Euro zone factory output rose slightly more than expected in November despite stagnant production in Germany.
Today's figures show that Italy, the bloc's third largest economy, proved more resilient than expected at the start of the Christmas shopping season.
Industrial production in the 18 countries sharing the euro rose 0.2% in November, following small gains in October and September, the EU's statistics office Eurostat said today.
That was better than the flat reading expected by economists in a Reuters poll.
Facing deflation and near-record unemployment, the euro zone is hoping its weak recovery picks up in 2015, but its debt crisis has badly damaged confidence and many investors say that only a US-style bond-buying programme will lift the economy.
The fragility of the recovery was evident in the monthly and annual November production data, with Germany, Europe's largest economy, still struggling to emerge from crisis.
Compared to the year earlier, industrial production slid 0.4%, dragged down by Germany, France and Italy, which make up two-thirds of the euro zone's factory output and all fell.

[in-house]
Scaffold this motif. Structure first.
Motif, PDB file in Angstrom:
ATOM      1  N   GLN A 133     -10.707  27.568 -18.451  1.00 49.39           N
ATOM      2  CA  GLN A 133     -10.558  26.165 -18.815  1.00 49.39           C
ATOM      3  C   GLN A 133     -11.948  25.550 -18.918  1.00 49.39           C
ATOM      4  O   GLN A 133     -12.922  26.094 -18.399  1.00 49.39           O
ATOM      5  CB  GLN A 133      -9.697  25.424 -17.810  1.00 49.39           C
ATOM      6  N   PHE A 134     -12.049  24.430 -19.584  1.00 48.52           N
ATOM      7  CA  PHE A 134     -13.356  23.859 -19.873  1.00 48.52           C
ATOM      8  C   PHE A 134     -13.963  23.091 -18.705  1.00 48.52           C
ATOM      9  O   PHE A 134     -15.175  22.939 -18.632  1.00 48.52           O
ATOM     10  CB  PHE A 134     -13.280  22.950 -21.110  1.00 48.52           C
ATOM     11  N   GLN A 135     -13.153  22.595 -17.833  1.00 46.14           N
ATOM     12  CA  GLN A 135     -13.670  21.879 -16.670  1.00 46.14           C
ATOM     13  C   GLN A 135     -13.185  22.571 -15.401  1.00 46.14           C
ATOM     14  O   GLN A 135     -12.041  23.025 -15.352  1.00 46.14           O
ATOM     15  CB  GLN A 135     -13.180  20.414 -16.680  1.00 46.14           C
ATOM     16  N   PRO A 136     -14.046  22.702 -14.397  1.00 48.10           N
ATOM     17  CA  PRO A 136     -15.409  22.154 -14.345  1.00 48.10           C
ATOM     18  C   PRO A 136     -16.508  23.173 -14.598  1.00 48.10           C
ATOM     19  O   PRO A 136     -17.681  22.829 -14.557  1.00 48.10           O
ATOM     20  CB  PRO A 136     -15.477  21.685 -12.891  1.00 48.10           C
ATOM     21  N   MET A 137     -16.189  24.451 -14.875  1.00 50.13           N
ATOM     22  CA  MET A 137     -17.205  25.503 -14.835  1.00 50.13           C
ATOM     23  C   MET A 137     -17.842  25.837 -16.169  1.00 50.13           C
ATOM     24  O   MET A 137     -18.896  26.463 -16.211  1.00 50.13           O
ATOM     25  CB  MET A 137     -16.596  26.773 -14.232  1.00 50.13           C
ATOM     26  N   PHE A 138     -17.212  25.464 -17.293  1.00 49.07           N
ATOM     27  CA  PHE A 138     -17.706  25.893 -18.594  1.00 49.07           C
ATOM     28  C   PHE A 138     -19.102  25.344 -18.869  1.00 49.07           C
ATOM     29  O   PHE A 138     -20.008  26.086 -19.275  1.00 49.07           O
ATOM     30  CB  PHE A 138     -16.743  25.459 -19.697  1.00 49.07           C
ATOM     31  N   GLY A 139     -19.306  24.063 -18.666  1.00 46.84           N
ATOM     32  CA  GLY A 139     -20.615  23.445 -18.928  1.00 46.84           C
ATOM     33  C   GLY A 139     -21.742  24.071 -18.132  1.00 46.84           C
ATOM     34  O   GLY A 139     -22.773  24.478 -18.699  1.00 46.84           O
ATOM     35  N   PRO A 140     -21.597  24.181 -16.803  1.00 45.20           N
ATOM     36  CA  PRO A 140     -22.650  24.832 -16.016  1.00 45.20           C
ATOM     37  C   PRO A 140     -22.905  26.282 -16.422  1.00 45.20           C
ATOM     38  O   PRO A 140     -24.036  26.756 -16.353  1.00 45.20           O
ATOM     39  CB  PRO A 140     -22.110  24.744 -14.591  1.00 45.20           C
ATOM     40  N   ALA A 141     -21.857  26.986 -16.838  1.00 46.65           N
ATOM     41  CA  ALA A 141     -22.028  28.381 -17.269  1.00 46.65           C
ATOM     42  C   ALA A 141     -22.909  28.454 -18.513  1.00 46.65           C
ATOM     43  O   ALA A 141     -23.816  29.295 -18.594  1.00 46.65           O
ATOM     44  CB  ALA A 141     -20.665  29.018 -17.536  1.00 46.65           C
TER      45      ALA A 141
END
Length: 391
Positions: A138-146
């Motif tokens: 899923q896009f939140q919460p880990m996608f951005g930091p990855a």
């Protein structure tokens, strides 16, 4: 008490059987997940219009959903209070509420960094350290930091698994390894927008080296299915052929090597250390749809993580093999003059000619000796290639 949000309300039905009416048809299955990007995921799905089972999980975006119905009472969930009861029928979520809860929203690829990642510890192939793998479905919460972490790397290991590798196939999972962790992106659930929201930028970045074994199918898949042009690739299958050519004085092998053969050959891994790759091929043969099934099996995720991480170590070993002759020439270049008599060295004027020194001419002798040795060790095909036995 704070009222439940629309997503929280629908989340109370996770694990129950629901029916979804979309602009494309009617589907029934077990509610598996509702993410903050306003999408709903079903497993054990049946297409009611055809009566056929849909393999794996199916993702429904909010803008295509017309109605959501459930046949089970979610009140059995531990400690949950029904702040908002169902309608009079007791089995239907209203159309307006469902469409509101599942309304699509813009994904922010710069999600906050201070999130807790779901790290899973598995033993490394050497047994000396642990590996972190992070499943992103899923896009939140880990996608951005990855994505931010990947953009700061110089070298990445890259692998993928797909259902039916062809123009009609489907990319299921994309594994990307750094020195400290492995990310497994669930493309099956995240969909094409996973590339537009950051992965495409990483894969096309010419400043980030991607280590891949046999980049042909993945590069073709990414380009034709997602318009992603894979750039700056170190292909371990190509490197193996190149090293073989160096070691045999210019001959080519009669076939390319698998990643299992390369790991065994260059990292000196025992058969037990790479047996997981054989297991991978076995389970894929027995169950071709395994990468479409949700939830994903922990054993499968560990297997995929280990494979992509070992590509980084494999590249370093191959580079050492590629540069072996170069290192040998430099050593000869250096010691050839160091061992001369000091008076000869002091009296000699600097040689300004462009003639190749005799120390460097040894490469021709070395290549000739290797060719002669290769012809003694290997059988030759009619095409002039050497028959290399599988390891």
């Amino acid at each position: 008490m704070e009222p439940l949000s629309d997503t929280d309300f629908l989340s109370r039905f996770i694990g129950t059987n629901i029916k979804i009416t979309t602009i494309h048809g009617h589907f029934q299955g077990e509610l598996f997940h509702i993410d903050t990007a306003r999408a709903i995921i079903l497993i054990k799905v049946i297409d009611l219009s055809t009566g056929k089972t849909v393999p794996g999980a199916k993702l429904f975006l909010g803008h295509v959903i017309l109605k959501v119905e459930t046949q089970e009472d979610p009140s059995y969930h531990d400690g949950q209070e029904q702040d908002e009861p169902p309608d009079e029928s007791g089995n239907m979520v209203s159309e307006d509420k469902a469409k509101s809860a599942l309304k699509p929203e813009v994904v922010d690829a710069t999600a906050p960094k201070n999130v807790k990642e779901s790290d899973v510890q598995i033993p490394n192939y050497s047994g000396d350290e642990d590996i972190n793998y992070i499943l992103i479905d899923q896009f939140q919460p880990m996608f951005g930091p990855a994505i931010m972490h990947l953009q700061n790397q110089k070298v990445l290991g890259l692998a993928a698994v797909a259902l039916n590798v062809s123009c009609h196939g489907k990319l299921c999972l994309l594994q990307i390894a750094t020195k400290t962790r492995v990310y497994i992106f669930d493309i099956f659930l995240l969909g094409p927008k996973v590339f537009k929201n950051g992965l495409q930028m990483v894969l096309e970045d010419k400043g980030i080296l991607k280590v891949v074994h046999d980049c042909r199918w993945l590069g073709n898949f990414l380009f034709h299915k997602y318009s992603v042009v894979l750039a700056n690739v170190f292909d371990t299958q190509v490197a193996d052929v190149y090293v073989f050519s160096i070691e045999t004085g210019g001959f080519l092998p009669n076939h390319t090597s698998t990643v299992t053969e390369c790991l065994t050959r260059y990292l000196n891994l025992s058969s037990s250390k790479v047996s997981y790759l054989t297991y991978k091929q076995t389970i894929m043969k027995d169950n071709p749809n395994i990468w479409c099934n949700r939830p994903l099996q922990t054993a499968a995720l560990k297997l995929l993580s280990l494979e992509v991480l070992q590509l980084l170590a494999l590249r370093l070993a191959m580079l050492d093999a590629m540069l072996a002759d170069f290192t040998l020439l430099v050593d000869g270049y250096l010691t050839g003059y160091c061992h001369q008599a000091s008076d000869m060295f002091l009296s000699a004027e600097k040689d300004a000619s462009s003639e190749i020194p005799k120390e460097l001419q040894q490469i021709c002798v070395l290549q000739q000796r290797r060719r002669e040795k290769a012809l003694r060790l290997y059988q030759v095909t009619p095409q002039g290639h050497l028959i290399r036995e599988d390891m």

On a monthly basis, only Italy of the larger economies rose in November, climbing 0.3%, its best result since June.
The fall in world oil prices weighed on the index as energy production fell almost 1% on a monthly basis. Capital goods, or machinery used to make other machinery and a sign of future demand, also fell 0.2%.
But in the build-up to the busiest shopping season of the year, euro zone factories posted the highest production of durable consumer goods, such as televisions and washing machines, in more than a year.
Non-durable consumer goods, including food, also rose 0.5%.
Fourth-quarter economic growth data for the euro zone is due on February 13, but the signs are that the bloc ended the year on a weak note and euro zone consumer prices turned negative in December.
The negative inflation may push the European Central Bank to launch quantitative easing, possibly at its January 22 meeting.